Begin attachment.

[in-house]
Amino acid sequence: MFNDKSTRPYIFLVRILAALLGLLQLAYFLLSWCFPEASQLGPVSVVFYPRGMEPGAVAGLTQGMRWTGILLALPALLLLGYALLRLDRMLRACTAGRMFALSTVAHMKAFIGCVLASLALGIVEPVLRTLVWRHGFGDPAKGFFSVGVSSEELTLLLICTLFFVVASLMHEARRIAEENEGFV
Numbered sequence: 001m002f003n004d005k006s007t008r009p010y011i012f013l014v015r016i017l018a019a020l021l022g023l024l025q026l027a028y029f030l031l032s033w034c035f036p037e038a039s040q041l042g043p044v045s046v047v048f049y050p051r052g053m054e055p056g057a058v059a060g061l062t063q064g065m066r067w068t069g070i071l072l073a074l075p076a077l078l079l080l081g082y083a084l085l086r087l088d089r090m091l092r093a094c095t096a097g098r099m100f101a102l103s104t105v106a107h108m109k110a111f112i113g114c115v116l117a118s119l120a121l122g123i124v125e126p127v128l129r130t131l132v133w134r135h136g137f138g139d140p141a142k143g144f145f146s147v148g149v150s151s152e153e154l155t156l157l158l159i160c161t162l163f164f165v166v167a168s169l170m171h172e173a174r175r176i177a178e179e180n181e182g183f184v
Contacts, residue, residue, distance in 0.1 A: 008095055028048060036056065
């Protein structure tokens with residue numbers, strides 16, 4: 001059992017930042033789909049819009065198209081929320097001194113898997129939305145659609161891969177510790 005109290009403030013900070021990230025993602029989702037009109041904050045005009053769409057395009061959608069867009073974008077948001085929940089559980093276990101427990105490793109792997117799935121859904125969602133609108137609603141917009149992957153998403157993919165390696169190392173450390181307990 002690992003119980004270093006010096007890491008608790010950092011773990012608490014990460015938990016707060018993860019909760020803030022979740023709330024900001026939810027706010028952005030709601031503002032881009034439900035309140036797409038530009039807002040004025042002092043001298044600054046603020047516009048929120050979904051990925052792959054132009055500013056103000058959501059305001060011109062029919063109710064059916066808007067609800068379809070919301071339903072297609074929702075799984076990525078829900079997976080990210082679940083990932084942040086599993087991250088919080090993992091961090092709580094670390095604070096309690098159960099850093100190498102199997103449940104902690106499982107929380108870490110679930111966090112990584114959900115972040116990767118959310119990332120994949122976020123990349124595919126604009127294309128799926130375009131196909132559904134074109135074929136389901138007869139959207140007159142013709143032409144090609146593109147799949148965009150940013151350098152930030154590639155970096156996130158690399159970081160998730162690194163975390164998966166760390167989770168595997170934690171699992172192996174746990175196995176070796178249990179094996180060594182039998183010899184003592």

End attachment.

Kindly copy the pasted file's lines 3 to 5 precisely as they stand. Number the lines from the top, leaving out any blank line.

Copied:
Numbered sequence: 001m002f003n004d005k006s007t008r009p010y011i012f013l014v015r016i017l018a019a020l021l022g023l024l025q026l027a028y029f030l031l032s033w034c035f036p037e038a039s040q041l042g043p044v045s046v047v048f049y050p051r052g053m054e055p056g057a058v059a060g061l062t063q064g065m066r067w068t069g070i071l072l073a074l075p076a077l078l079l080l081g082y083a084l085l086r087l088d089r090m091l092r093a094c095t096a097g098r099m100f101a102l103s104t105v106a107h108m109k110a111f112i113g114c115v116l117a118s119l120a121l122g123i124v125e126p127v128l129r130t131l132v133w134r135h136g137f138g139d140p141a142k143g144f145f146s147v148g149v150s151s152e153e154l155t156l157l158l159i160c161t162l163f164f165v166v167a168s169l170m171h172e173a174r175r176i177a178e179e180n181e182g183f184v
Contacts, residue, residue, distance in 0.1 A: 008095055028048060036056065
């Protein structure tokens with residue numbers, strides 16, 4: 001059992017930042033789909049819009065198209081929320097001194113898997129939305145659609161891969177510790 005109290009403030013900070021990230025993602029989702037009109041904050045005009053769409057395009061959608069867009073974008077948001085929940089559980093276990101427990105490793109792997117799935121859904125969602133609108137609603141917009149992957153998403157993919165390696169190392173450390181307990 002690992003119980004270093006010096007890491008608790010950092011773990012608490014990460015938990016707060018993860019909760020803030022979740023709330024900001026939810027706010028952005030709601031503002032881009034439900035309140036797409038530009039807002040004025042002092043001298044600054046603020047516009048929120050979904051990925052792959054132009055500013056103000058959501059305001060011109062029919063109710064059916066808007067609800068379809070919301071339903072297609074929702075799984076990525078829900079997976080990210082679940083990932084942040086599993087991250088919080090993992091961090092709580094670390095604070096309690098159960099850093100190498102199997103449940104902690106499982107929380108870490110679930111966090112990584114959900115972040116990767118959310119990332120994949122976020123990349124595919126604009127294309128799926130375009131196909132559904134074109135074929136389901138007869139959207140007159142013709143032409144090609146593109147799949148965009150940013151350098152930030154590639155970096156996130158690399159970081160998730162690194163975390164998966166760390167989770168595997170934690171699992172192996174746990175196995176070796178249990179094996180060594182039998183010899184003592």